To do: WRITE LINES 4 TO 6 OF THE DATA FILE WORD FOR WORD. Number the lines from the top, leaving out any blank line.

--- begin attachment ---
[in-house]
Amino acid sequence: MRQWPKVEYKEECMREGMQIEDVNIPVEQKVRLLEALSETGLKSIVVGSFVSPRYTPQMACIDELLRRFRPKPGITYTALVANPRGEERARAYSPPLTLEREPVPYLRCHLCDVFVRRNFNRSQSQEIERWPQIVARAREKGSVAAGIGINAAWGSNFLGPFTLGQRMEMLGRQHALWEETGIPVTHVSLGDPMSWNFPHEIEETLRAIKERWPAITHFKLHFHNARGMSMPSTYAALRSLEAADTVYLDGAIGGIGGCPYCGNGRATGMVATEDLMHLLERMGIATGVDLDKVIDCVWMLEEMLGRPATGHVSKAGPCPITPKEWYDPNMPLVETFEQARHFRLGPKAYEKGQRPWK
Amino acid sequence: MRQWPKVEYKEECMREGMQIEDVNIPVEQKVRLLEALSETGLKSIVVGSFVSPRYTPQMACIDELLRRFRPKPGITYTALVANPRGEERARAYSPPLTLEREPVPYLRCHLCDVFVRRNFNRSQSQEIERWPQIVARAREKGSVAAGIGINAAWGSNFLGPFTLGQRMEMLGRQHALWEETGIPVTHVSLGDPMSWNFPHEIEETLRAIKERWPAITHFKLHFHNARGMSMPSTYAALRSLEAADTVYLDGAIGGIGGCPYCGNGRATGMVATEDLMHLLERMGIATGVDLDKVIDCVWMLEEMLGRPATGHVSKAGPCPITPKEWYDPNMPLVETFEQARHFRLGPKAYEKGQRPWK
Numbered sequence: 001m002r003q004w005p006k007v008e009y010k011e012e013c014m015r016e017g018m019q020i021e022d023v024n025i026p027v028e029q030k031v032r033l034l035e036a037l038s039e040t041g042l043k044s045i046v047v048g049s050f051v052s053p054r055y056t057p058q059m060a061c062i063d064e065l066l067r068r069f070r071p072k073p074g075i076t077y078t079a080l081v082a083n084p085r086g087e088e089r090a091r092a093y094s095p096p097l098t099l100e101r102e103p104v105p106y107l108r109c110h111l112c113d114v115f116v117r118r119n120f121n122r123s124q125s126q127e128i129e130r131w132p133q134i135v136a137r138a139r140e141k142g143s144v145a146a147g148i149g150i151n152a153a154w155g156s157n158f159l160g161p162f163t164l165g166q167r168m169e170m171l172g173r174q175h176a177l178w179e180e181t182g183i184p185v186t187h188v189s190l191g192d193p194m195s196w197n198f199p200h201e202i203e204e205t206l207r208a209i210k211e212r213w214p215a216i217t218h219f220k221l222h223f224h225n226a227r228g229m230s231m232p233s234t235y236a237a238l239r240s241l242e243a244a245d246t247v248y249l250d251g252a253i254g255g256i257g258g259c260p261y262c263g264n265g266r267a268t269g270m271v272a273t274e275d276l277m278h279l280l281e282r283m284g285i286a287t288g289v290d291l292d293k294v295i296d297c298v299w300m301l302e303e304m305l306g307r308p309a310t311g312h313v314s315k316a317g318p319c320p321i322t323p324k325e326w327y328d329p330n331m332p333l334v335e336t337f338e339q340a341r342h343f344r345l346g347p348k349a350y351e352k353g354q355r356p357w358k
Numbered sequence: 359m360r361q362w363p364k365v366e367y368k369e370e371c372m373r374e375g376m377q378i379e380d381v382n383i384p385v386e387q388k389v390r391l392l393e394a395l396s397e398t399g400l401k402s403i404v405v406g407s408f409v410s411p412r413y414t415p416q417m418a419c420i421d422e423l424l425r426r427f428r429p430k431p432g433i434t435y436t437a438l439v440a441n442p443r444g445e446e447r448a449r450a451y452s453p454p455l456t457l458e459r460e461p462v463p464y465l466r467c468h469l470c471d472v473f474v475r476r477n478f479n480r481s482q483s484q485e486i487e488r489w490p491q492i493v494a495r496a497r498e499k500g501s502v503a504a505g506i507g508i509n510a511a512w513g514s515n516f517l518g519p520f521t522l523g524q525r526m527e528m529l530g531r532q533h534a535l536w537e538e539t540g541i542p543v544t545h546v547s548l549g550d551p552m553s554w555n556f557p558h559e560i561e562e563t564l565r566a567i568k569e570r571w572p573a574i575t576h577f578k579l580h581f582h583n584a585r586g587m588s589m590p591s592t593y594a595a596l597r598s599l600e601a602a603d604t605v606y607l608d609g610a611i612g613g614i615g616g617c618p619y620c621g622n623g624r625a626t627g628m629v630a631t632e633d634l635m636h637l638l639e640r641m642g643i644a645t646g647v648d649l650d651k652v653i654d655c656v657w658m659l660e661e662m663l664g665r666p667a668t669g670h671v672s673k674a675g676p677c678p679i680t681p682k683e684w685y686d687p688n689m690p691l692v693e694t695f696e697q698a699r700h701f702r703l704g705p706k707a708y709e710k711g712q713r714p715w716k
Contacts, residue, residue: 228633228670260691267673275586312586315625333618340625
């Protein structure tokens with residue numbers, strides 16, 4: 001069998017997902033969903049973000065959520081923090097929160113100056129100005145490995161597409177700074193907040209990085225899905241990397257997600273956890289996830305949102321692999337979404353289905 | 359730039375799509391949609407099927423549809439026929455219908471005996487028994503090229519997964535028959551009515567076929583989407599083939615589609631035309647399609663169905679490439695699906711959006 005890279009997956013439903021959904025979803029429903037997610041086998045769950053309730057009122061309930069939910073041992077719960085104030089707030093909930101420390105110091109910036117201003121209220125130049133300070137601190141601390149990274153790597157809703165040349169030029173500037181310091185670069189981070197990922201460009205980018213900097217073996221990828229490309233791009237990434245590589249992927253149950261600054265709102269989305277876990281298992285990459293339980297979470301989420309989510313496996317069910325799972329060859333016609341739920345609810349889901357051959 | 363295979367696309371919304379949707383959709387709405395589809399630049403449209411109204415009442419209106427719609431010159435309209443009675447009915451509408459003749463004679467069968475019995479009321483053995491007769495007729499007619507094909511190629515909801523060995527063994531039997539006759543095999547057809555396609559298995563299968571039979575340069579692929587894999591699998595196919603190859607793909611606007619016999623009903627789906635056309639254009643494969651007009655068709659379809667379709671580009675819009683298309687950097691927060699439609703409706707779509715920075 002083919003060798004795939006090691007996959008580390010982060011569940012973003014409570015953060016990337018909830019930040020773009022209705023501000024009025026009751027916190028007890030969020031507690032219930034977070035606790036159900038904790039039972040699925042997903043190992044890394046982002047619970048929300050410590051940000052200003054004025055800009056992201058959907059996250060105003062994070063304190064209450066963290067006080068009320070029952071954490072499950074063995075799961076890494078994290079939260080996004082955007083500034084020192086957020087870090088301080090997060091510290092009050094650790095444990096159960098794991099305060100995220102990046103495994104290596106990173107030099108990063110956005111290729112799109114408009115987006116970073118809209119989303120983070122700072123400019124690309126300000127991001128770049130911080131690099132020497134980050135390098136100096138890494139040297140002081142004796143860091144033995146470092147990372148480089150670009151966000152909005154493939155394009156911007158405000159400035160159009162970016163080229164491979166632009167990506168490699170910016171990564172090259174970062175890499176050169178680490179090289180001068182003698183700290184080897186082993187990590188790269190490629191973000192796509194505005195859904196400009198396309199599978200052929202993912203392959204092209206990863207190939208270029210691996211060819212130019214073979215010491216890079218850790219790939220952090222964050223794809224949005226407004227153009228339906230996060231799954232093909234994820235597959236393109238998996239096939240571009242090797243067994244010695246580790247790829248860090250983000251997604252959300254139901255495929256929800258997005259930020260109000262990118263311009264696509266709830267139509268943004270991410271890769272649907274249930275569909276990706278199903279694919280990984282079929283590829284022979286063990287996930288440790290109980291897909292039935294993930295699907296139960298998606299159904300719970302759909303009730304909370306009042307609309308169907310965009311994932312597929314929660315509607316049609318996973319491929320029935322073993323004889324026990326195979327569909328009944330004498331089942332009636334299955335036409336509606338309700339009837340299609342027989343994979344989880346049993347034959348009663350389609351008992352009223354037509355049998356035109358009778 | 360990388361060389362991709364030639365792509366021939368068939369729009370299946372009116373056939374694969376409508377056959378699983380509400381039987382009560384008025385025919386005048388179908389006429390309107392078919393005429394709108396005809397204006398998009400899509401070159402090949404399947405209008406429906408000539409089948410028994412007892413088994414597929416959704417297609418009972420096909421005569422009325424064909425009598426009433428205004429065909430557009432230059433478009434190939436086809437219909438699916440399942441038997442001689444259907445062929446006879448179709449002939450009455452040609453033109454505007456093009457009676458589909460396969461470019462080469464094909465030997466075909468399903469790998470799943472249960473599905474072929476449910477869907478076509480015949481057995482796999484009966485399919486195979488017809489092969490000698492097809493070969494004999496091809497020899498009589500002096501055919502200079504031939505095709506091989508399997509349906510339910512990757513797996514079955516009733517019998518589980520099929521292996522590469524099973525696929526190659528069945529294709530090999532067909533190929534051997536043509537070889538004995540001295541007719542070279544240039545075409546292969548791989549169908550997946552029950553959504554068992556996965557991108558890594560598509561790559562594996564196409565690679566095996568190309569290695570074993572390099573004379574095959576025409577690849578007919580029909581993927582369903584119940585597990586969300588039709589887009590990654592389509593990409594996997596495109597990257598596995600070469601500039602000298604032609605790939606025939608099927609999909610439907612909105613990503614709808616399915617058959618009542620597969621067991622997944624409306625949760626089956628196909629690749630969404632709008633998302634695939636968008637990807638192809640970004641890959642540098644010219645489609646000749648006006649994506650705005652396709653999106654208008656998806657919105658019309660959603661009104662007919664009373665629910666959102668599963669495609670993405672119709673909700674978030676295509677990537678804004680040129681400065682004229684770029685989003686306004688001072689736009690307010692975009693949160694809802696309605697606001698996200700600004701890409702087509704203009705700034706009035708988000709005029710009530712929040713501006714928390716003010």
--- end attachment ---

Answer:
Numbered sequence: 001m002r003q004w005p006k007v008e009y010k011e012e013c014m015r016e017g018m019q020i021e022d023v024n025i026p027v028e029q030k031v032r033l034l035e036a037l038s039e040t041g042l043k044s045i046v047v048g049s050f051v052s053p054r055y056t057p058q059m060a061c062i063d064e065l066l067r068r069f070r071p072k073p074g075i076t077y078t079a080l081v082a083n084p085r086g087e088e089r090a091r092a093y094s095p096p097l098t099l100e101r102e103p104v105p106y107l108r109c110h111l112c113d114v115f116v117r118r119n120f121n122r123s124q125s126q127e128i129e130r131w132p133q134i135v136a137r138a139r140e141k142g143s144v145a146a147g148i149g150i151n152a153a154w155g156s157n158f159l160g161p162f163t164l165g166q167r168m169e170m171l172g173r174q175h176a177l178w179e180e181t182g183i184p185v186t187h188v189s190l191g192d193p194m195s196w197n198f199p200h201e202i203e204e205t206l207r208a209i210k211e212r213w214p215a216i217t218h219f220k221l222h223f224h225n226a227r228g229m230s231m232p233s234t235y236a237a238l239r240s241l242e243a244a245d246t247v248y249l250d251g252a253i254g255g256i257g258g259c260p261y262c263g264n265g266r267a268t269g270m271v272a273t274e275d276l277m278h279l280l281e282r283m284g285i286a287t288g289v290d291l292d293k294v295i296d297c298v299w300m301l302e303e304m305l306g307r308p309a310t311g312h313v314s315k316a317g318p319c320p321i322t323p324k325e326w327y328d329p330n331m332p333l334v335e336t337f338e339q340a341r342h343f344r345l346g347p348k349a350y351e352k353g354q355r356p357w358k
Numbered sequence: 359m360r361q362w363p364k365v366e367y368k369e370e371c372m373r374e375g376m377q378i379e380d381v382n383i384p385v386e387q388k389v390r391l392l393e394a395l396s397e398t399g400l401k402s403i404v405v406g407s408f409v410s411p412r413y414t415p416q417m418a419c420i421d422e423l424l425r426r427f428r429p430k431p432g433i434t435y436t437a438l439v440a441n442p443r444g445e446e447r448a449r450a451y452s453p454p455l456t457l458e459r460e461p462v463p464y465l466r467c468h469l470c471d472v473f474v475r476r477n478f479n480r481s482q483s484q485e486i487e488r489w490p491q492i493v494a495r496a497r498e499k500g501s502v503a504a505g506i507g508i509n510a511a512w513g514s515n516f517l518g519p520f521t522l523g524q525r526m527e528m529l530g531r532q533h534a535l536w537e538e539t540g541i542p543v544t545h546v547s548l549g550d551p552m553s554w555n556f557p558h559e560i561e562e563t564l565r566a567i568k569e570r571w572p573a574i575t576h577f578k579l580h581f582h583n584a585r586g587m588s589m590p591s592t593y594a595a596l597r598s599l600e601a602a603d604t605v606y607l608d609g610a611i612g613g614i615g616g617c618p619y620c621g622n623g624r625a626t627g628m629v630a631t632e633d634l635m636h637l638l639e640r641m642g643i644a645t646g647v648d649l650d651k652v653i654d655c656v657w658m659l660e661e662m663l664g665r666p667a668t669g670h671v672s673k674a675g676p677c678p679i680t681p682k683e684w685y686d687p688n689m690p691l692v693e694t695f696e697q698a699r700h701f702r703l704g705p706k707a708y709e710k711g712q713r714p715w716k
Contacts, residue, residue: 228633228670260691267673275586312586315625333618340625